THERE are five burning questions surrounding the future of classical music in Scotland
What next for the Scottish Chamber Orchestra?
It’s the end of an era at the Scottish Chamber Orchestra, as Roy McEwan steps down in May after an astonishing 23 years as chief executive.
He has steered a rock-steady ship, capitalising on the orchestra’s phenomenal performing and recording relationship with the late Charles Mackerras, and encouraging, through younger relationships with the likes of current chief conductor Robin Ticciati, a significant expansion of its repertory base and international presence. Despite recent budgetary constraints, the orchestra is in fine fettle.
So the search is now on for a successor. There is always scope for new ideas and new directions. But the biggest challenge facing any new CEO is surely the question of the SCO’s home profile. It is the only one of our national orchestras to have its base in Edinburgh, yet that is where, facilities-wise, it is least well served. The new incumbent must move what has so far proved unmovable – the reluctance of Scotland’s capital city to act on the obvious need for a world-class mid-size concert hall.
Over in Glasgow, the RSNO has just moved into fantastic new state-of-the-art premises that are integral to their principal performing venue, Glasgow Royal Concert Hall, and which have their own custom-built smaller-scale auditorium and rehearsal space.
Edinburgh owes its own orchestra and concert-goers in general a similar purpose-built space, not least because of the benefits it would bring to the Edinburgh Festival.
Will Edinburgh’s old Royal High be transformed into a new home for St Mary’s Music School?
At last things are moving in the right direction for the old Royal High School on Calton Hill. In the closing weeks of 2015 the city rejected a planning application by Duddingston House Properties to redevelop the listed icon as a luxury hotel. All eyes are now on the more architecturally sympathetic and fully financed rival bid to create a new home there for St Mary’s Music School. Given the inadequacy of the school’s current facilities in Edinburgh’s west end – where it continues, against the odds, to nurture many of our finest young musicians – the decision ought to be a no-brainer. Let 2016 be the year an aspirational decision is reached.
How will Danish maestro Thomas Dausgaard shape up as new chief conductor of the BBC Scottish Symphony Orchestra?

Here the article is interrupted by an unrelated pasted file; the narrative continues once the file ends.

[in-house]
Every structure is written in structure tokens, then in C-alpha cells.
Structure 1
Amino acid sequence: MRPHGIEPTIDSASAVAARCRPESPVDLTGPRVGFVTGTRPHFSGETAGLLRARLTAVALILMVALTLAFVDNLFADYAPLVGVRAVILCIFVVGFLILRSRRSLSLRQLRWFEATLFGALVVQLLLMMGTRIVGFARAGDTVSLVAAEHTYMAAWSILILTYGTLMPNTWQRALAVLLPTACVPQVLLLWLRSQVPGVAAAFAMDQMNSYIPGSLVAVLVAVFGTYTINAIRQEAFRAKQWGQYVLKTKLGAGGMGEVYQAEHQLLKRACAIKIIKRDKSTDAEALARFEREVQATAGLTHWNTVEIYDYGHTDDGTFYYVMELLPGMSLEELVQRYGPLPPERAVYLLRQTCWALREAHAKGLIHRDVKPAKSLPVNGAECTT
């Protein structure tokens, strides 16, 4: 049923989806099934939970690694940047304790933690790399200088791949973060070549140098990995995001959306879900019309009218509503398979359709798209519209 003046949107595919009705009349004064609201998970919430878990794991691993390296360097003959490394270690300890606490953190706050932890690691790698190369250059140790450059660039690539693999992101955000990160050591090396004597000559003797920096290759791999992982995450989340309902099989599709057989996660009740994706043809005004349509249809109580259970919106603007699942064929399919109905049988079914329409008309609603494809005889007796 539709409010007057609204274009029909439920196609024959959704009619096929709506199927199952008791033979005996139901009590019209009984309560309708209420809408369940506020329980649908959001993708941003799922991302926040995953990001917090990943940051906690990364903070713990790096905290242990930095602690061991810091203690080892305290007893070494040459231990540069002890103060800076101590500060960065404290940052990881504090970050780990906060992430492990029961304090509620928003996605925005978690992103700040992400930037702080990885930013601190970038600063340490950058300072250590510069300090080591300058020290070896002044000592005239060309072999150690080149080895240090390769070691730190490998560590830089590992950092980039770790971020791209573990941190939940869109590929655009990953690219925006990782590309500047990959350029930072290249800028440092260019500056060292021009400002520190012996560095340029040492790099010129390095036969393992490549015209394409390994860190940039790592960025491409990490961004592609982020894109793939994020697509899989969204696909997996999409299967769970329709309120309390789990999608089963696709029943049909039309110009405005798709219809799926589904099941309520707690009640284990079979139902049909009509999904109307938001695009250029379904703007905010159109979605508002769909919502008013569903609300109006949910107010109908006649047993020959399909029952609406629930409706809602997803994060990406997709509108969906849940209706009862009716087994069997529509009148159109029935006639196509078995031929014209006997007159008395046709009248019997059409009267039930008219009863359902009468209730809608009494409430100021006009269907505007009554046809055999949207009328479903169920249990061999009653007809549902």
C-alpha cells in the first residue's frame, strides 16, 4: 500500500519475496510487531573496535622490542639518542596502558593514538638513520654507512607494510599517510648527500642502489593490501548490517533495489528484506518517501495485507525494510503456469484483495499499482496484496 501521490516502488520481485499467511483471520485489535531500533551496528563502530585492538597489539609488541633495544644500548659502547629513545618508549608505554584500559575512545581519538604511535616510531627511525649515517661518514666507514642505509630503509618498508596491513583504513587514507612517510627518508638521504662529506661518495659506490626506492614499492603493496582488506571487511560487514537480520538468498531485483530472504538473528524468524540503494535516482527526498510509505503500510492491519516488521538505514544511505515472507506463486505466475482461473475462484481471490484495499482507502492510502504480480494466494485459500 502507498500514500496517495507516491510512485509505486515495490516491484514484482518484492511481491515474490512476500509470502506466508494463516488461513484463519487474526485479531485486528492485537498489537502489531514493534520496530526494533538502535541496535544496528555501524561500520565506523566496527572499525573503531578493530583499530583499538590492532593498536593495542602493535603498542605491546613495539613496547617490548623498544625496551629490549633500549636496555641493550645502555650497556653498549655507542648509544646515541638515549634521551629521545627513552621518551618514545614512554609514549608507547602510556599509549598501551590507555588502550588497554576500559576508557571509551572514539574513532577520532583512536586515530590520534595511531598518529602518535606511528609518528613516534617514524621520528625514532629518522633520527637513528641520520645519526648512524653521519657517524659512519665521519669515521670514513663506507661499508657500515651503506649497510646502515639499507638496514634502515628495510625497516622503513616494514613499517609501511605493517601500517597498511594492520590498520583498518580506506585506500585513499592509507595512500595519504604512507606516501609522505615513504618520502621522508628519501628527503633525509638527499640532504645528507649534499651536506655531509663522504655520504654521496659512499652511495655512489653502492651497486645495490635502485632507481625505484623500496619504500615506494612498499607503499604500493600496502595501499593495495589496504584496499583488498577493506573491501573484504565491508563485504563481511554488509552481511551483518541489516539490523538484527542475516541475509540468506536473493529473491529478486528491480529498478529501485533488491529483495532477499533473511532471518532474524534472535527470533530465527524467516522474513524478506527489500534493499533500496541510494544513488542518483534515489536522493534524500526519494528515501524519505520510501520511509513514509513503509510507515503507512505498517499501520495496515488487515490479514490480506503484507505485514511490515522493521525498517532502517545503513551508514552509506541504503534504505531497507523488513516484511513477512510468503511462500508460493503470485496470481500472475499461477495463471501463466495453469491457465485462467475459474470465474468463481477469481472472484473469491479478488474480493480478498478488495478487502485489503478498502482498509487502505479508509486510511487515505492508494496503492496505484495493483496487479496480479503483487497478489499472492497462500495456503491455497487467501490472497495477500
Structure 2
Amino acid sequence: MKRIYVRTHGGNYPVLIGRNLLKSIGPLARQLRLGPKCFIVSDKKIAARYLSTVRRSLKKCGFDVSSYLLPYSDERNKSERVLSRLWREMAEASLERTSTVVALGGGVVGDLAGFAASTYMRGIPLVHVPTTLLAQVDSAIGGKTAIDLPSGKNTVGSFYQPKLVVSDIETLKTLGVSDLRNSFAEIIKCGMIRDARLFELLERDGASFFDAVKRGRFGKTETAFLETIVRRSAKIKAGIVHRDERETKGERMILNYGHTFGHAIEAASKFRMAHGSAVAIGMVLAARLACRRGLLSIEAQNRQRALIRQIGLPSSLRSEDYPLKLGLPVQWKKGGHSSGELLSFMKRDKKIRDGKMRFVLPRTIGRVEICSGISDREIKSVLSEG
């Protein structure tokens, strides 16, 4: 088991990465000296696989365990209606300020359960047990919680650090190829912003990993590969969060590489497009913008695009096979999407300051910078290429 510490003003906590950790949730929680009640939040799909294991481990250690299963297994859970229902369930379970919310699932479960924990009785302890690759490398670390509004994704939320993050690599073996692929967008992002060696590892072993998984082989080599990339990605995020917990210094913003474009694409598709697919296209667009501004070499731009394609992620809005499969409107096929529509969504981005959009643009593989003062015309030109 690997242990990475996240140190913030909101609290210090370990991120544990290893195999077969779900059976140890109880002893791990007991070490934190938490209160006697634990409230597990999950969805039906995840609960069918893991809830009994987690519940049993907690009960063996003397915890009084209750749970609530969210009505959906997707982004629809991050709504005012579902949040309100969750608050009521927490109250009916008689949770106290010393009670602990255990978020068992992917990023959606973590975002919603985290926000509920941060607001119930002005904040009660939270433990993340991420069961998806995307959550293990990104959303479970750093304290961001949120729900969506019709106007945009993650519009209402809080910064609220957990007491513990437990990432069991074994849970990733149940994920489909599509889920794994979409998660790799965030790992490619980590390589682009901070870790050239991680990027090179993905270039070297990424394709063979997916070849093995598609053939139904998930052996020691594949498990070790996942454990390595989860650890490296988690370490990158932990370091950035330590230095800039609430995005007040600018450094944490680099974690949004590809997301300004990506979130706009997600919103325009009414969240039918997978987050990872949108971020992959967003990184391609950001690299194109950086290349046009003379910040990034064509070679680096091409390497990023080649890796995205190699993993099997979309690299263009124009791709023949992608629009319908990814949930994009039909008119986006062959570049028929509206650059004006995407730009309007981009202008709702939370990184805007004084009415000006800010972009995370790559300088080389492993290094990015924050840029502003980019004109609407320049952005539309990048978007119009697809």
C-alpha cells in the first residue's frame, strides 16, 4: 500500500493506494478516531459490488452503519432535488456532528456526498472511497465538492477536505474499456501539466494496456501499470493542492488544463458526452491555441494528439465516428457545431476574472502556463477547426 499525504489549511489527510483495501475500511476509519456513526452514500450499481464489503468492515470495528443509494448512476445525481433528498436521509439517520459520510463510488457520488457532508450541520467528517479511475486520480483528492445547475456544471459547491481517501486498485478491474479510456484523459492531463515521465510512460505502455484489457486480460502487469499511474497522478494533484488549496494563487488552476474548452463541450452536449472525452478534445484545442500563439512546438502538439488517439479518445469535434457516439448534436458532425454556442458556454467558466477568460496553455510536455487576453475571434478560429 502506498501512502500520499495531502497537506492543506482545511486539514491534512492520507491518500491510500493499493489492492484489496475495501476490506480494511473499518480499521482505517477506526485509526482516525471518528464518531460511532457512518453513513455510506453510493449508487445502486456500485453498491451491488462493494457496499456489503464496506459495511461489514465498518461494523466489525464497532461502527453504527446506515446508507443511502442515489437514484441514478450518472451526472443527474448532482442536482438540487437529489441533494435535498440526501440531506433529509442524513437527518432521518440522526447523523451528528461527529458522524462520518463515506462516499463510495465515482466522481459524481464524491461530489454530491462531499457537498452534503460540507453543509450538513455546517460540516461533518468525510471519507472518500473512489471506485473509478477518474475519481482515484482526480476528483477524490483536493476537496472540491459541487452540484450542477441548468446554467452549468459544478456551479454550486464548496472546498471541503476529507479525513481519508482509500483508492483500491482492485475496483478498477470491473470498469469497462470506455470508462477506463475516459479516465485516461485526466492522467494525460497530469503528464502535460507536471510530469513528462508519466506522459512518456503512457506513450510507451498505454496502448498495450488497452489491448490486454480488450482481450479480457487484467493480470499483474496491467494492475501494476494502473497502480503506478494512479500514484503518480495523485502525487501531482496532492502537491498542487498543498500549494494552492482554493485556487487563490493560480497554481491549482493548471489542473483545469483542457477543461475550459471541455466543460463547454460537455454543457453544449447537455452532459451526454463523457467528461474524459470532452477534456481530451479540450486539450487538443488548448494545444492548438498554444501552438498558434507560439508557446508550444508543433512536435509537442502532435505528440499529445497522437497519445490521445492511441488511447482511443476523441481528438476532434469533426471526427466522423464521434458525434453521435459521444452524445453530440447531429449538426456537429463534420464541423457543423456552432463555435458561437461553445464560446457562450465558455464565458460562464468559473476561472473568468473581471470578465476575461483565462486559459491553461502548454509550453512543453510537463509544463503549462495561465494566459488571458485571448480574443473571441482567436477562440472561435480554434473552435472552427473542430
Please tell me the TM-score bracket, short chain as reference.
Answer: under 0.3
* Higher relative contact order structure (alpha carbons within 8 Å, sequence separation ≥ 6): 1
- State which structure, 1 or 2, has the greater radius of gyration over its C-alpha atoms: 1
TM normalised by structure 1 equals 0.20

Thomas Dausgaard takes over from Donald Runnicles as chief conductor of the BBC SSO in August 2016, but many among the music community are questioning whether he’s the right man for the job. On the one hand, American critics have been raving about his Sibelius symphonies series with the Seattle Symphony Orchestra, and I recall being impressed myself by an early BBC SSO appearance back in 2013.
But recent appearances have raised concerns. There’s no sign yet of the electricity and connection that ignited past chief conductor relationships, from Runnicles and Ilan Volkov to the heady Osmo Vänskädays. More worryingly, Dausgaard’s Proms appearance with the SSO in August was widely dismissed, one prominent critic weighing in with the withering suggestion that Dausgaard “needs to listen to a few famous recordings [of Sibelius] and analyse why they work.” Ouch. Much to prove.
Will new music director Stuart Stratford revitalise Scottish Opera’s fading presence?
The tragedy of Scottish Opera is that we now completely accept it as seasonal part-time operation. It hardly exists in main scale terms from September to December; but early in 2016 it springs into action again, with productions of Handel’s Ariodante, Dvorak’s Rusalka and an extensive tour of Gilbert & Sullivan’s The Mikado.
The one to watch is Rusalka, the first production Stratford will conduct since his appointment last year as the company’s new music director. Could he be the man to revive the company’s fortunes? It badly needs a prominent musical figurehead, and by all accounts Stratford holds ambitious views and knows his opera. He’ll be active, too, in the rebranded Scottish Opera Orchestra concert series that have been moved from St Andrew’s in the Square to the company’s home in the Theatre Royal. Over to you, Mr Stratford.
What will be the highlights of 2016?
There are rich pickings among what is left of the current orchestra seasons. Former RSNO music director Stéphane Denève makes his first return to Scotland since departing in 2012, with an RSNO programme in April that features the UK premiere of Sir James MacMillan’s The Death of Oscar. Among Donald Runnicles’ swansong programmes with the BBC SSO is Beethoven’s choral colossus, the Missa Solemnis, in May, featuring the Edinburgh Festival Chorus. Robin Ticciati completes his enlightening journey through Brahms’ four symphonies with the SCO in March.
By then, Fergus Linehan will have released his second Edinburgh International Festival programme. Already we know that Cecilia Bartoli will resurrect her highly acclaimed title role performance in a production of Bellini’s Norma created originally for the Salzburg Festival. If that’s a measure of what else the EIF has in store, bring it on.